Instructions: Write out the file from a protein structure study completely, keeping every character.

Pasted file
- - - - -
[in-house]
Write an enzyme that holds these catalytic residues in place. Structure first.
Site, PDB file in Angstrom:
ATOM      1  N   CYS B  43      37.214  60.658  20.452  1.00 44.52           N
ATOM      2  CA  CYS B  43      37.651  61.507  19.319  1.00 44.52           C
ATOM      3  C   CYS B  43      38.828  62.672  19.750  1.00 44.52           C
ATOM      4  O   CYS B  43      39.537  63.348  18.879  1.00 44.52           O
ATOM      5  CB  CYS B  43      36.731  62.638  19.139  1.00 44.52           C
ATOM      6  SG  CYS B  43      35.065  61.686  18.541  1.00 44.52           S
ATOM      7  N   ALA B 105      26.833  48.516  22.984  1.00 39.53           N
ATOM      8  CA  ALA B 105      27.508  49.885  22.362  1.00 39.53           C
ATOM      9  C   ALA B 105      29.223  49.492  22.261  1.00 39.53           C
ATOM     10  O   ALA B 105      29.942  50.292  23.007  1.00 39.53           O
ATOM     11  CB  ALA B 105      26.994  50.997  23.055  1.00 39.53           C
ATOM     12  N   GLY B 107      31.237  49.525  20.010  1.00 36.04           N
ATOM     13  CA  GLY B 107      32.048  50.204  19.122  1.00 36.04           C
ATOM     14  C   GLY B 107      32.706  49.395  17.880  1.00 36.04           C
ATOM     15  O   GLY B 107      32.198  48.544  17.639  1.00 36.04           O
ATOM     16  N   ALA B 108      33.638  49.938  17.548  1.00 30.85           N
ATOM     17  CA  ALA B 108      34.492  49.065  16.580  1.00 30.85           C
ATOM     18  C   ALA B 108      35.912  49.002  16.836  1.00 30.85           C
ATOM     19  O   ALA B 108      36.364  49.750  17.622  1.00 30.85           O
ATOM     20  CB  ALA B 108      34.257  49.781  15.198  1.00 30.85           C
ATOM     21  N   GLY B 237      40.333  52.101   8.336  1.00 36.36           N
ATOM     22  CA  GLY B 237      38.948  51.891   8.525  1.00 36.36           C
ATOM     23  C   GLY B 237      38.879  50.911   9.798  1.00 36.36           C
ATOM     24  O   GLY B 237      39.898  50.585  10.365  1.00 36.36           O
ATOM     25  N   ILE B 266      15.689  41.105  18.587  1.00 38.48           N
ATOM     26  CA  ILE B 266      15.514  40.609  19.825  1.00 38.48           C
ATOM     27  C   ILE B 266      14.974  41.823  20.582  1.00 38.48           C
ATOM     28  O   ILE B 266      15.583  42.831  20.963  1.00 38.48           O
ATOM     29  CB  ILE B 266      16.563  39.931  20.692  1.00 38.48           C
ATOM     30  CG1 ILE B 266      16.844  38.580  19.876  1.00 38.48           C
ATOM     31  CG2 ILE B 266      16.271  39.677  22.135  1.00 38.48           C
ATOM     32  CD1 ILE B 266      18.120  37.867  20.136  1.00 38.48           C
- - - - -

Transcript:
[in-house]
Write an enzyme that holds these catalytic residues in place. Structure first.
Site, PDB file in Angstrom:
ATOM      1  N   CYS B  43      37.214  60.658  20.452  1.00 44.52           N
ATOM      2  CA  CYS B  43      37.651  61.507  19.319  1.00 44.52           C
ATOM      3  C   CYS B  43      38.828  62.672  19.750  1.00 44.52           C
ATOM      4  O   CYS B  43      39.537  63.348  18.879  1.00 44.52           O
ATOM      5  CB  CYS B  43      36.731  62.638  19.139  1.00 44.52           C
ATOM      6  SG  CYS B  43      35.065  61.686  18.541  1.00 44.52           S
ATOM      7  N   ALA B 105      26.833  48.516  22.984  1.00 39.53           N
ATOM      8  CA  ALA B 105      27.508  49.885  22.362  1.00 39.53           C
ATOM      9  C   ALA B 105      29.223  49.492  22.261  1.00 39.53           C
ATOM     10  O   ALA B 105      29.942  50.292  23.007  1.00 39.53           O
ATOM     11  CB  ALA B 105      26.994  50.997  23.055  1.00 39.53           C
ATOM     12  N   GLY B 107      31.237  49.525  20.010  1.00 36.04           N
ATOM     13  CA  GLY B 107      32.048  50.204  19.122  1.00 36.04           C
ATOM     14  C   GLY B 107      32.706  49.395  17.880  1.00 36.04           C
ATOM     15  O   GLY B 107      32.198  48.544  17.639  1.00 36.04           O
ATOM     16  N   ALA B 108      33.638  49.938  17.548  1.00 30.85           N
ATOM     17  CA  ALA B 108      34.492  49.065  16.580  1.00 30.85           C
ATOM     18  C   ALA B 108      35.912  49.002  16.836  1.00 30.85           C
ATOM     19  O   ALA B 108      36.364  49.750  17.622  1.00 30.85           O
ATOM     20  CB  ALA B 108      34.257  49.781  15.198  1.00 30.85           C
ATOM     21  N   GLY B 237      40.333  52.101   8.336  1.00 36.36           N
ATOM     22  CA  GLY B 237      38.948  51.891   8.525  1.00 36.36           C
ATOM     23  C   GLY B 237      38.879  50.911   9.798  1.00 36.36           C
ATOM     24  O   GLY B 237      39.898  50.585  10.365  1.00 36.36           O
ATOM     25  N   ILE B 266      15.689  41.105  18.587  1.00 38.48           N
ATOM     26  CA  ILE B 266      15.514  40.609  19.825  1.00 38.48           C
ATOM     27  C   ILE B 266      14.974  41.823  20.582  1.00 38.48           C
ATOM     28  O   ILE B 266      15.583  42.831  20.963  1.00 38.48           O
ATOM     29  CB  ILE B 266      16.563  39.931  20.692  1.00 38.48           C
ATOM     30  CG1 ILE B 266      16.844  38.580  19.876  1.00 38.48           C
ATOM     31  CG2 ILE B 266      16.271  39.677  22.135  1.00 38.48           C
ATOM     32  CD1 ILE B 266      18.120  37.867  20.136  1.00 38.48           C